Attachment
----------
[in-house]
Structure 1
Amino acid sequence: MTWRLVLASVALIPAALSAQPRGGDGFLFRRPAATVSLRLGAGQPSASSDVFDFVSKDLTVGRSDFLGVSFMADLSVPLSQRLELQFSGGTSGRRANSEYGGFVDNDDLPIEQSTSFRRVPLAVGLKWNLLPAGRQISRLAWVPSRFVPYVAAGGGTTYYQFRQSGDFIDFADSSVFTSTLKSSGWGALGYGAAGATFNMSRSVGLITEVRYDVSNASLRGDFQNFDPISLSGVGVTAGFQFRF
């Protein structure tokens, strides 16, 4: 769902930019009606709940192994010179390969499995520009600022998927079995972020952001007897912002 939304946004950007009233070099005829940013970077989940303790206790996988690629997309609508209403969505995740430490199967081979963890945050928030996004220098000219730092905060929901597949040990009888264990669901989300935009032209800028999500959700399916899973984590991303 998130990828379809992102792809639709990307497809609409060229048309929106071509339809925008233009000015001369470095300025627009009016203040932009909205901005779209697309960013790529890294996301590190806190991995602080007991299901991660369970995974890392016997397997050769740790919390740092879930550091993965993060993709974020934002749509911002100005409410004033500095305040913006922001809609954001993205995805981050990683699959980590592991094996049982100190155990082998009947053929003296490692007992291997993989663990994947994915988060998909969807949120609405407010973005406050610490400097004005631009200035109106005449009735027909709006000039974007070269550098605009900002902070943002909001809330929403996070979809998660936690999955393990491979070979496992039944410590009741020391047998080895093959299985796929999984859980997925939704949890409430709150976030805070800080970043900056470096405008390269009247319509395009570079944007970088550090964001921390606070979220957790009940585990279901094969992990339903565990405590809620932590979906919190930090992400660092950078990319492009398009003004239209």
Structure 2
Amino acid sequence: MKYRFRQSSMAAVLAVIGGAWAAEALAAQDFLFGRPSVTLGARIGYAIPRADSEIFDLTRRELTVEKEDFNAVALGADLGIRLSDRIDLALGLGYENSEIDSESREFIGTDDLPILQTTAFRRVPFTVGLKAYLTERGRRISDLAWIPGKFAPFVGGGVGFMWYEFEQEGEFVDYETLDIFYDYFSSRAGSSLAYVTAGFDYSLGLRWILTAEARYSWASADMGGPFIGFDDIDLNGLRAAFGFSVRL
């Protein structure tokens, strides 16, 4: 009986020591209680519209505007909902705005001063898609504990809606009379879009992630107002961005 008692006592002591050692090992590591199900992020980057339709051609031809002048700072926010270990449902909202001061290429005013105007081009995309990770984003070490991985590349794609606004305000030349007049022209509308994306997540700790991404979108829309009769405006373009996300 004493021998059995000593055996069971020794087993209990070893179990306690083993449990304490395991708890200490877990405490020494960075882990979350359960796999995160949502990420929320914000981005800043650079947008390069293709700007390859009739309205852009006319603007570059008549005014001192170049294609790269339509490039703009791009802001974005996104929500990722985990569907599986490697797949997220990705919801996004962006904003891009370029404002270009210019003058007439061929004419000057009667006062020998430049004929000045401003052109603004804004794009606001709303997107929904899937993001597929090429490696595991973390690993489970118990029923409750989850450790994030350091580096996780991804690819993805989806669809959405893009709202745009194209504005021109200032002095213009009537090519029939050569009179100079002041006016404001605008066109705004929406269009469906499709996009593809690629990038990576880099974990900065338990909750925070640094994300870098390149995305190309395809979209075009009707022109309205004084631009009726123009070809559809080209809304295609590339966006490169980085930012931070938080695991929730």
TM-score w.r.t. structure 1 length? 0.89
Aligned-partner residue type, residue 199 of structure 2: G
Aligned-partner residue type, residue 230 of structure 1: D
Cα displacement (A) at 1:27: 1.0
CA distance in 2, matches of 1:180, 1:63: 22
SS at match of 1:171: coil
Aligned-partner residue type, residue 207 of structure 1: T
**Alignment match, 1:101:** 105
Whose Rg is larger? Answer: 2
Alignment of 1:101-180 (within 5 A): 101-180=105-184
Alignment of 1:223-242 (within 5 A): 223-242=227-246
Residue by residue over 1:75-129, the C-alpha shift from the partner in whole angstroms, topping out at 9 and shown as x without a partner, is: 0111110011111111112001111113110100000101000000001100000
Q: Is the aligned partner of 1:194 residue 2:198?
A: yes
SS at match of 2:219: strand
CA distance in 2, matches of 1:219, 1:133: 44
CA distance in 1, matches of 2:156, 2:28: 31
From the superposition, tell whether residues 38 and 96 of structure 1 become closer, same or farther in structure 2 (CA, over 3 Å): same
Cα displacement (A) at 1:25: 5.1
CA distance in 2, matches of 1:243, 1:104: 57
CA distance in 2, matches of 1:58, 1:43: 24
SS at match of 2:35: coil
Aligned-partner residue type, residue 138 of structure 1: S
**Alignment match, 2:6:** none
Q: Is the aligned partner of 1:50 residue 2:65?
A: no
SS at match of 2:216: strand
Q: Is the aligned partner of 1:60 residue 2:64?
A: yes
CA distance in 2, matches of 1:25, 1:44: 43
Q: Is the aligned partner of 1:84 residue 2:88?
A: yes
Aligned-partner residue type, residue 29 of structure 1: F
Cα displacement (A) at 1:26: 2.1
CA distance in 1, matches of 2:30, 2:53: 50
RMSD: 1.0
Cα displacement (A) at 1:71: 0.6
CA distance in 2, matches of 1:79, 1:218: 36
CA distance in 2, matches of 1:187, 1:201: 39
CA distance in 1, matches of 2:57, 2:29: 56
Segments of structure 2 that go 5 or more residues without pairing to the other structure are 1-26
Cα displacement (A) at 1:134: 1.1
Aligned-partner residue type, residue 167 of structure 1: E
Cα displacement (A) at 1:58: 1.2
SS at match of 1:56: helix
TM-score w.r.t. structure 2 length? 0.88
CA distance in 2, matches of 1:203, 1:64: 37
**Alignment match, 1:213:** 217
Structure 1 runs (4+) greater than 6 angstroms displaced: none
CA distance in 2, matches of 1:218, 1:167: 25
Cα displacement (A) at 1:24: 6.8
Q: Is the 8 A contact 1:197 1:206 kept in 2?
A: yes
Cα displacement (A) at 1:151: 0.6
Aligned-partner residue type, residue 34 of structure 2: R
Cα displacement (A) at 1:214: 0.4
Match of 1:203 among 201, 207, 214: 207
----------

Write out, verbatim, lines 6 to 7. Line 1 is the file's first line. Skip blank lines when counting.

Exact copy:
Amino acid sequence: MKYRFRQSSMAAVLAVIGGAWAAEALAAQDFLFGRPSVTLGARIGYAIPRADSEIFDLTRRELTVEKEDFNAVALGADLGIRLSDRIDLALGLGYENSEIDSESREFIGTDDLPILQTTAFRRVPFTVGLKAYLTERGRRISDLAWIPGKFAPFVGGGVGFMWYEFEQEGEFVDYETLDIFYDYFSSRAGSSLAYVTAGFDYSLGLRWILTAEARYSWASADMGGPFIGFDDIDLNGLRAAFGFSVRL
């Protein structure tokens, strides 16, 4: 009986020591209680519209505007909902705005001063898609504990809606009379879009992630107002961005 008692006592002591050692090992590591199900992020980057339709051609031809002048700072926010270990449902909202001061290429005013105007081009995309990770984003070490991985590349794609606004305000030349007049022209509308994306997540700790991404979108829309009769405006373009996300 004493021998059995000593055996069971020794087993209990070893179990306690083993449990304490395991708890200490877990405490020494960075882990979350359960796999995160949502990420929320914000981005800043650079947008390069293709700007390859009739309205852009006319603007570059008549005014001192170049294609790269339509490039703009791009802001974005996104929500990722985990569907599986490697797949997220990705919801996004962006904003891009370029404002270009210019003058007439061929004419000057009667006062020998430049004929000045401003052109603004804004794009606001709303997107929904899937993001597929090429490696595991973390690993489970118990029923409750989850450790994030350091580096996780991804690819993805989806669809959405893009709202745009194209504005021109200032002095213009009537090519029939050569009179100079002041006016404001605008066109705004929406269009469906499709996009593809690629990038990576880099974990900065338990909750925070640094994300870098390149995305190309395809979209075009009707022109309205004084631009009726123009070809559809080209809304295609590339966006490169980085930012931070938080695991929730």